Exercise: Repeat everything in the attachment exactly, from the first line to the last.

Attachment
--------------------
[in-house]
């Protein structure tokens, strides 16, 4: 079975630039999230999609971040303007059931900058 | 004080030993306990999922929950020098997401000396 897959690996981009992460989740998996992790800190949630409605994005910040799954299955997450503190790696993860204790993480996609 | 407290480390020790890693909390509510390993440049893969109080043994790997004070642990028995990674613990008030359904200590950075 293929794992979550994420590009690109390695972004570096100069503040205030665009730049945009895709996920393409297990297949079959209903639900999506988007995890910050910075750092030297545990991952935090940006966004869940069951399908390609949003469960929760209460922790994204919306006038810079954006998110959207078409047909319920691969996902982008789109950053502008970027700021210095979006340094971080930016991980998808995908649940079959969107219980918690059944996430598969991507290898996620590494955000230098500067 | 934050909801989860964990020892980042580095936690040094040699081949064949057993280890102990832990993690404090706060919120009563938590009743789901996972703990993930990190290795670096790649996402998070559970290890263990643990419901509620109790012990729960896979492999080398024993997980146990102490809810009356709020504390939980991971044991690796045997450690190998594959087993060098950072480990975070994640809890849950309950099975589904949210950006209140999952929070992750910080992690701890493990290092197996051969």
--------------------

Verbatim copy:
[in-house]
């Protein structure tokens, strides 16, 4: 079975630039999230999609971040303007059931900058 | 004080030993306990999922929950020098997401000396 897959690996981009992460989740998996992790800190949630409605994005910040799954299955997450503190790696993860204790993480996609 | 407290480390020790890693909390509510390993440049893969109080043994790997004070642990028995990674613990008030359904200590950075 293929794992979550994420590009690109390695972004570096100069503040205030665009730049945009895709996920393409297990297949079959209903639900999506988007995890910050910075750092030297545990991952935090940006966004869940069951399908390609949003469960929760209460922790994204919306006038810079954006998110959207078409047909319920691969996902982008789109950053502008970027700021210095979006340094971080930016991980998808995908649940079959969107219980918690059944996430598969991507290898996620590494955000230098500067 | 934050909801989860964990020892980042580095936690040094040699081949064949057993280890102990832990993690404090706060919120009563938590009743789901996972703990993930990190290795670096790649996402998070559970290890263990643990419901509620109790012990729960896979492999080398024993997980146990102490809810009356709020504390939980991971044991690796045997450690190998594959087993060098950072480990975070994640809890849950309950099975589904949210950006209140999952929070992750910080992690701890493990290092197996051969």